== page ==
Longevity’s secrets sought in DNA of 100-year-olds

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Participants in that study have an average age of 87 and range up to 108, and they’ve never had diabetes, heart disease or cancer, or any neurological disease.

“Why are these people Teflon-coated?” Topol asked. “Why don’t they get disease?”

The ability to turn out lots of complete genomes is “the new-new thing” in trying to find out, he said.

“There’s been too much emphasis on disorders per se and not enough on the people who are exceptionally healthy,” to learn from their genomes, Topol said. “Now we have the powerful tools to do that.”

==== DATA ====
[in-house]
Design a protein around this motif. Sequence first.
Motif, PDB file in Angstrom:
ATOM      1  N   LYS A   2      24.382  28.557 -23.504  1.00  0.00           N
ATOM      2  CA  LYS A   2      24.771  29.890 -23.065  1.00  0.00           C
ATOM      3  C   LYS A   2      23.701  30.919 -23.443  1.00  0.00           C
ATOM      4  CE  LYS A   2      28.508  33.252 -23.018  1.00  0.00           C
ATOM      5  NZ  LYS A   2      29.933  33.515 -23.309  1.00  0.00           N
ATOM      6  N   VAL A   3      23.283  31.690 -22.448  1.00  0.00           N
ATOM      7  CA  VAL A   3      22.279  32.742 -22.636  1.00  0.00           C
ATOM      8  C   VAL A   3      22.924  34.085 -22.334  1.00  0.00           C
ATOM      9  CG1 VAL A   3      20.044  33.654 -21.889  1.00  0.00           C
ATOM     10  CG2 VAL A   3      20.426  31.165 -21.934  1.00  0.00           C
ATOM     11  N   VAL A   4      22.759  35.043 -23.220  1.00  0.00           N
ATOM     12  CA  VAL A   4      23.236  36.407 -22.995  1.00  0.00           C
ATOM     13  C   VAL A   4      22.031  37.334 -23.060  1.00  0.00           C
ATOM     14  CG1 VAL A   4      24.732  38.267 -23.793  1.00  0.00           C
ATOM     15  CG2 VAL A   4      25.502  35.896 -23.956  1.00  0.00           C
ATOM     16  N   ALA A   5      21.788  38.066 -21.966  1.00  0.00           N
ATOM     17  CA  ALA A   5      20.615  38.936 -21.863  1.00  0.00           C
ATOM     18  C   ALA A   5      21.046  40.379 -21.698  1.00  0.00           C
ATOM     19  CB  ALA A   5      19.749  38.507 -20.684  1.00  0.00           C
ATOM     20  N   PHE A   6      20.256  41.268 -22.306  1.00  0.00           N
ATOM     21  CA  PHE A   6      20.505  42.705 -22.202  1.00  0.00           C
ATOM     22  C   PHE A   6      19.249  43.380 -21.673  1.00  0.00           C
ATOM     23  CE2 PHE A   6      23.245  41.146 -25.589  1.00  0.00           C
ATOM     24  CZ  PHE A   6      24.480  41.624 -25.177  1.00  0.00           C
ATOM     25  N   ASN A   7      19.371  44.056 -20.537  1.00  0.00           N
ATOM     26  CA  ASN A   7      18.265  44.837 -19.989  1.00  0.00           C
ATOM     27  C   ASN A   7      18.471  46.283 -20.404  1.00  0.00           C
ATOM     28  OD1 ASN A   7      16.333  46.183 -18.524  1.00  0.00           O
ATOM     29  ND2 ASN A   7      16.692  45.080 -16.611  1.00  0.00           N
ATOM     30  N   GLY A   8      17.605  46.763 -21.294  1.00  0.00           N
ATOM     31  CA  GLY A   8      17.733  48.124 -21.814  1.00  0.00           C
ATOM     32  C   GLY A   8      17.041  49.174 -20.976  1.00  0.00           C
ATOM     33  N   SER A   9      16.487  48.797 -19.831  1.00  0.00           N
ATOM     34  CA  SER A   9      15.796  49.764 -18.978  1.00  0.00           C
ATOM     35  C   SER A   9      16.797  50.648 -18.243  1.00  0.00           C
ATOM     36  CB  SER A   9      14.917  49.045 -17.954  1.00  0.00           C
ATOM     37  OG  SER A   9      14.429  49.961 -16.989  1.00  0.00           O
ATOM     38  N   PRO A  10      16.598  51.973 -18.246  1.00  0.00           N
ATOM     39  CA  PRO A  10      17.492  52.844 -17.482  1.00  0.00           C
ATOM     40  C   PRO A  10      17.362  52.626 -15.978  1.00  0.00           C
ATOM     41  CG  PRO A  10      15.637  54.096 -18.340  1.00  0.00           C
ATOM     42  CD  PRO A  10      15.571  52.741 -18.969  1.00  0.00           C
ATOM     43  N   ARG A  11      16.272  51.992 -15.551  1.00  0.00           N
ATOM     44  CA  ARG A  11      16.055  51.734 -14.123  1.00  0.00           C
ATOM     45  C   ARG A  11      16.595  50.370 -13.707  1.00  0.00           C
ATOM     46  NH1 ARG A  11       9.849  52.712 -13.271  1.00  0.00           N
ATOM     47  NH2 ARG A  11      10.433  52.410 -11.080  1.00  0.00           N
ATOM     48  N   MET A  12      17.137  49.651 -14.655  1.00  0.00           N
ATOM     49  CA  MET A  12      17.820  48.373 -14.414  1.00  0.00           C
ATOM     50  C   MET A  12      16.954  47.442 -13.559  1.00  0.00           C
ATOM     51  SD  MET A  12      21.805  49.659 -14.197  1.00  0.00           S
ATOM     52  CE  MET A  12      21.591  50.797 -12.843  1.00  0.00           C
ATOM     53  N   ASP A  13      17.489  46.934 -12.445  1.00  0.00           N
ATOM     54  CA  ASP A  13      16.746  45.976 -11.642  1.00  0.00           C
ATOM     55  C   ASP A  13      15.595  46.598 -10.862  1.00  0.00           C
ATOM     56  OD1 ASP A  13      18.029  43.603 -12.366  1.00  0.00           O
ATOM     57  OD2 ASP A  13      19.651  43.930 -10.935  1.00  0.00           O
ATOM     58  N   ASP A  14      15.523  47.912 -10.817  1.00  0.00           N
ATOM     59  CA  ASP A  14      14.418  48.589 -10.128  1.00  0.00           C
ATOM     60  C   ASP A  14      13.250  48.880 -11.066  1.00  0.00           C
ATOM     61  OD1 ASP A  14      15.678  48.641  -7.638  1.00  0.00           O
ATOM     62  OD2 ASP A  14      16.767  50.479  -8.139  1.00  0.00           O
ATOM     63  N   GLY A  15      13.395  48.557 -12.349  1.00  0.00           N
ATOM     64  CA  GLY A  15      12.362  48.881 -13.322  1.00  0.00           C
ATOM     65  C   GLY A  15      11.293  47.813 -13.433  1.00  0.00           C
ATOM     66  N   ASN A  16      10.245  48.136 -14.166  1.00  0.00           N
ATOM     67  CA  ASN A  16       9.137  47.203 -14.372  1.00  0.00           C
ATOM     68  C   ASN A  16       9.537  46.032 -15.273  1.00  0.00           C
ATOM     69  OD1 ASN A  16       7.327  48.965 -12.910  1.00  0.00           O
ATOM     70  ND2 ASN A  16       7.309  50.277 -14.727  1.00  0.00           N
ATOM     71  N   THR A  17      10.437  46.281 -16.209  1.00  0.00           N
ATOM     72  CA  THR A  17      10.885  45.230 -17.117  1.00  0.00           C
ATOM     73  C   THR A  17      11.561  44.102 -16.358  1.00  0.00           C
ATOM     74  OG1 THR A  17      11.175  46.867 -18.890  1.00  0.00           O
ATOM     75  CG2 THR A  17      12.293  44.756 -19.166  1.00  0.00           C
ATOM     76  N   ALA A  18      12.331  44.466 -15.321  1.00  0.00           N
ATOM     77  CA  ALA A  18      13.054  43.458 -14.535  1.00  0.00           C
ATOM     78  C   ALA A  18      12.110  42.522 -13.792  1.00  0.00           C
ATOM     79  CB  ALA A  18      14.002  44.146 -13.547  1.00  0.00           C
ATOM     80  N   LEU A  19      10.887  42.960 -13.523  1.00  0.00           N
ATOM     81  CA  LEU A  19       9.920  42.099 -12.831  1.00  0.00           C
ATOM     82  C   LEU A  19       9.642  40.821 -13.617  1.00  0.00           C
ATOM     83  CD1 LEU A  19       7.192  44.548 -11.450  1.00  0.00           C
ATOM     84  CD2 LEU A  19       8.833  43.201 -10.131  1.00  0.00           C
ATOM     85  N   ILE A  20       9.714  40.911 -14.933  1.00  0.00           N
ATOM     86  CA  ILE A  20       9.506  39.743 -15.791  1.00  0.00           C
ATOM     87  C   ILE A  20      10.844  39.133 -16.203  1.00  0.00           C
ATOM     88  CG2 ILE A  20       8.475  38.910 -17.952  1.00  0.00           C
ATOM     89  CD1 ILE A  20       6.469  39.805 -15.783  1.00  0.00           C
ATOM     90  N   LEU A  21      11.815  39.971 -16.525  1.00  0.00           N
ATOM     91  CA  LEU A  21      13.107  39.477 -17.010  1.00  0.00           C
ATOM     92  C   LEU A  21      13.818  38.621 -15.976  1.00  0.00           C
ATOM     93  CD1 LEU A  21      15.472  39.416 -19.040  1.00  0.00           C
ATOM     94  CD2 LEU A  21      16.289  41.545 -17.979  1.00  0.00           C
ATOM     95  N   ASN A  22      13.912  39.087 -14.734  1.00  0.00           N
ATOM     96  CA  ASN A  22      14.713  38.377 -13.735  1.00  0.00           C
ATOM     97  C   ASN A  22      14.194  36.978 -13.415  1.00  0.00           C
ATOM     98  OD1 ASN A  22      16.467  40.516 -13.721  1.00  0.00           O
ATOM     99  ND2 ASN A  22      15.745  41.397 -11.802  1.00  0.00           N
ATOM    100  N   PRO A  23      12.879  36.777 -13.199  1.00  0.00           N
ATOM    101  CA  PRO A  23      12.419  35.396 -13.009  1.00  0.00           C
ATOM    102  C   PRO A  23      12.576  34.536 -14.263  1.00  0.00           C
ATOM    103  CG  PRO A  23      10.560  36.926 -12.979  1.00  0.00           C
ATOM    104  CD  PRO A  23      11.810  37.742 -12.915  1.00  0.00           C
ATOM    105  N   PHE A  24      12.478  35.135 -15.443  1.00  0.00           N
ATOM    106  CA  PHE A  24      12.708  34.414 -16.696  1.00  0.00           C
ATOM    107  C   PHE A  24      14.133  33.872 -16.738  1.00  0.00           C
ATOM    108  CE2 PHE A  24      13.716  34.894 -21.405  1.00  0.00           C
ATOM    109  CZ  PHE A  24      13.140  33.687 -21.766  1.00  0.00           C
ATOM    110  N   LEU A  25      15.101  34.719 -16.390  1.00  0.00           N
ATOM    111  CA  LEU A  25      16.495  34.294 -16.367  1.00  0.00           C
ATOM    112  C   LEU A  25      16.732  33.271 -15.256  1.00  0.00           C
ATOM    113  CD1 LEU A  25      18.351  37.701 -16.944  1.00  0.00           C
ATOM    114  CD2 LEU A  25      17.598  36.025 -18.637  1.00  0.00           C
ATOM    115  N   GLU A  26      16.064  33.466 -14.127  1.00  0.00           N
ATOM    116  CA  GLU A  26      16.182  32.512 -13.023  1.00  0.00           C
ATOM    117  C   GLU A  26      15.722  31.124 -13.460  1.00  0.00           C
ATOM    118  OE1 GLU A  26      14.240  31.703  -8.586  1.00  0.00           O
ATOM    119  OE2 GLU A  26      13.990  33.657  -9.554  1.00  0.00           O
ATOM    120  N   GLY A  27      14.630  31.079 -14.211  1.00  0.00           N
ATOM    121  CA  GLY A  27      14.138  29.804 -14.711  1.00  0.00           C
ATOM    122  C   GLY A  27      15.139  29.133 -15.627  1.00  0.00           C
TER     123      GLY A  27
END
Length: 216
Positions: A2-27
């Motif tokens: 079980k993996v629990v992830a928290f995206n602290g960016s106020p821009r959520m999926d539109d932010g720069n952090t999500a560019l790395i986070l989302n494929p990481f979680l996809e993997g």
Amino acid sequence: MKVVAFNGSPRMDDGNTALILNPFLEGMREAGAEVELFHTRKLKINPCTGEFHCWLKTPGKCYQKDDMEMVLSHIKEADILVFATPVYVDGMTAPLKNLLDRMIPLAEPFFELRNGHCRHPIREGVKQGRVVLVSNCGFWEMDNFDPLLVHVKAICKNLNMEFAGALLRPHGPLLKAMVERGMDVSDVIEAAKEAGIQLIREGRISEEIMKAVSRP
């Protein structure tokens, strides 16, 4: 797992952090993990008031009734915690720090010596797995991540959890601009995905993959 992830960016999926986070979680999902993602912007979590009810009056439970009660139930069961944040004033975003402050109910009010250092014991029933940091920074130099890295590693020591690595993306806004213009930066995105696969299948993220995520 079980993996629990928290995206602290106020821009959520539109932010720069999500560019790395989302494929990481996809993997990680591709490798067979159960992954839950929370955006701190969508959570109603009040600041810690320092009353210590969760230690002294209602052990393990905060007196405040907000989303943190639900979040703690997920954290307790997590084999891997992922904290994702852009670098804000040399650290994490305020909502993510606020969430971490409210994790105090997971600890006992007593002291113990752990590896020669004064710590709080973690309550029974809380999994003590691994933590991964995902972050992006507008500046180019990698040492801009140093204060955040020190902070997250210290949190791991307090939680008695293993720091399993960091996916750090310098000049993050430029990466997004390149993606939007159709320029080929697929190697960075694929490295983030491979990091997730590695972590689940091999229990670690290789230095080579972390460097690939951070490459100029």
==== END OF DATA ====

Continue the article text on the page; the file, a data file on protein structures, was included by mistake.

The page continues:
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Online:

X Prize competition: http://genomics.xprize.org/

Wellderly Study: http://bit.ly/pHFHDj

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Malcolm Ritter can be followed at http://twitter.com/MalcolmRitter

Copyright 2014 The Associated Press. All rights reserved. This material may not be published, broadcast, rewritten or redistributed.

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